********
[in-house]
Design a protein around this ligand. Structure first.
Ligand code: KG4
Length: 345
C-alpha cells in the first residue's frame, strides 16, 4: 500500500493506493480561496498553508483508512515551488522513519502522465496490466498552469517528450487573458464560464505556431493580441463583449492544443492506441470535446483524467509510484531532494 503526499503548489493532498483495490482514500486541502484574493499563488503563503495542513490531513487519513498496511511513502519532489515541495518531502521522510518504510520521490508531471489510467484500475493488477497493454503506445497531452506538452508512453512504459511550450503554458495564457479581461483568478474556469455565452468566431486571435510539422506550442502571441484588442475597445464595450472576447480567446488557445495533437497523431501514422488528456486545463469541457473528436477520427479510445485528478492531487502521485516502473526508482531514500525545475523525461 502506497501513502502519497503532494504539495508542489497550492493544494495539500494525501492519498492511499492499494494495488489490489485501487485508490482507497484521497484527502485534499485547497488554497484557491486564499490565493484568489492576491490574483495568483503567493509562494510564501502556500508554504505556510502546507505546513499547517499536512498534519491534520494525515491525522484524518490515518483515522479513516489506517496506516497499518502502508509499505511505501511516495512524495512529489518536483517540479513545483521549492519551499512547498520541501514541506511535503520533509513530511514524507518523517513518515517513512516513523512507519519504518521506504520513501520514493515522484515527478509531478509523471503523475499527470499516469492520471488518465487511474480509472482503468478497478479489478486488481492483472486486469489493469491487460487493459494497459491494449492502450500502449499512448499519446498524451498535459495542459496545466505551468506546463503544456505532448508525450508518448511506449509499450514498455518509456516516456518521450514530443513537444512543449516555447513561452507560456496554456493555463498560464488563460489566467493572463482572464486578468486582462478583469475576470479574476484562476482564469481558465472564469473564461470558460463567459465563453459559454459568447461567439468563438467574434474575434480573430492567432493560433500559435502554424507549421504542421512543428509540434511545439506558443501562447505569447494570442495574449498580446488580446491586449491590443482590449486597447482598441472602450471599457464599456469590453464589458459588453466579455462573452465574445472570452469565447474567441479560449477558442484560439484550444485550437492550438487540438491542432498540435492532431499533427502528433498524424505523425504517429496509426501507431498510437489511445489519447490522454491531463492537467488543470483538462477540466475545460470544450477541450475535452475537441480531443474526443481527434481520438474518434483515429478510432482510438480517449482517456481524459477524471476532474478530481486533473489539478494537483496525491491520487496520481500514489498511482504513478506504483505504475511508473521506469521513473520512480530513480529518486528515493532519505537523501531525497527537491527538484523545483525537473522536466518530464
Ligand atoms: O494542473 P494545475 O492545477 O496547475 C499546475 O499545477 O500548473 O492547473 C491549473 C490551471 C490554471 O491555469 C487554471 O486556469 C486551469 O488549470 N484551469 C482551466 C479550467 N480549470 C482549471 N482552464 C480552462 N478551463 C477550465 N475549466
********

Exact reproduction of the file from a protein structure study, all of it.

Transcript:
[in-house]
Design a protein around this ligand. Structure first.
Ligand code: KG4
Length: 345
C-alpha cells in the first residue's frame, strides 16, 4: 500500500493506493480561496498553508483508512515551488522513519502522465496490466498552469517528450487573458464560464505556431493580441463583449492544443492506441470535446483524467509510484531532494 503526499503548489493532498483495490482514500486541502484574493499563488503563503495542513490531513487519513498496511511513502519532489515541495518531502521522510518504510520521490508531471489510467484500475493488477497493454503506445497531452506538452508512453512504459511550450503554458495564457479581461483568478474556469455565452468566431486571435510539422506550442502571441484588442475597445464595450472576447480567446488557445495533437497523431501514422488528456486545463469541457473528436477520427479510445485528478492531487502521485516502473526508482531514500525545475523525461 502506497501513502502519497503532494504539495508542489497550492493544494495539500494525501492519498492511499492499494494495488489490489485501487485508490482507497484521497484527502485534499485547497488554497484557491486564499490565493484568489492576491490574483495568483503567493509562494510564501502556500508554504505556510502546507505546513499547517499536512498534519491534520494525515491525522484524518490515518483515522479513516489506517496506516497499518502502508509499505511505501511516495512524495512529489518536483517540479513545483521549492519551499512547498520541501514541506511535503520533509513530511514524507518523517513518515517513512516513523512507519519504518521506504520513501520514493515522484515527478509531478509523471503523475499527470499516469492520471488518465487511474480509472482503468478497478479489478486488481492483472486486469489493469491487460487493459494497459491494449492502450500502449499512448499519446498524451498535459495542459496545466505551468506546463503544456505532448508525450508518448511506449509499450514498455518509456516516456518521450514530443513537444512543449516555447513561452507560456496554456493555463498560464488563460489566467493572463482572464486578468486582462478583469475576470479574476484562476482564469481558465472564469473564461470558460463567459465563453459559454459568447461567439468563438467574434474575434480573430492567432493560433500559435502554424507549421504542421512543428509540434511545439506558443501562447505569447494570442495574449498580446488580446491586449491590443482590449486597447482598441472602450471599457464599456469590453464589458459588453466579455462573452465574445472570452469565447474567441479560449477558442484560439484550444485550437492550438487540438491542432498540435492532431499533427502528433498524424505523425504517429496509426501507431498510437489511445489519447490522454491531463492537467488543470483538462477540466475545460470544450477541450475535452475537441480531443474526443481527434481520438474518434483515429478510432482510438480517449482517456481524459477524471476532474478530481486533473489539478494537483496525491491520487496520481500514489498511482504513478506504483505504475511508473521506469521513473520512480530513480529518486528515493532519505537523501531525497527537491527538484523545483525537473522536466518530464
Ligand atoms: O494542473 P494545475 O492545477 O496547475 C499546475 O499545477 O500548473 O492547473 C491549473 C490551471 C490554471 O491555469 C487554471 O486556469 C486551469 O488549470 N484551469 C482551466 C479550467 N480549470 C482549471 N482552464 C480552462 N478551463 C477550465 N475549466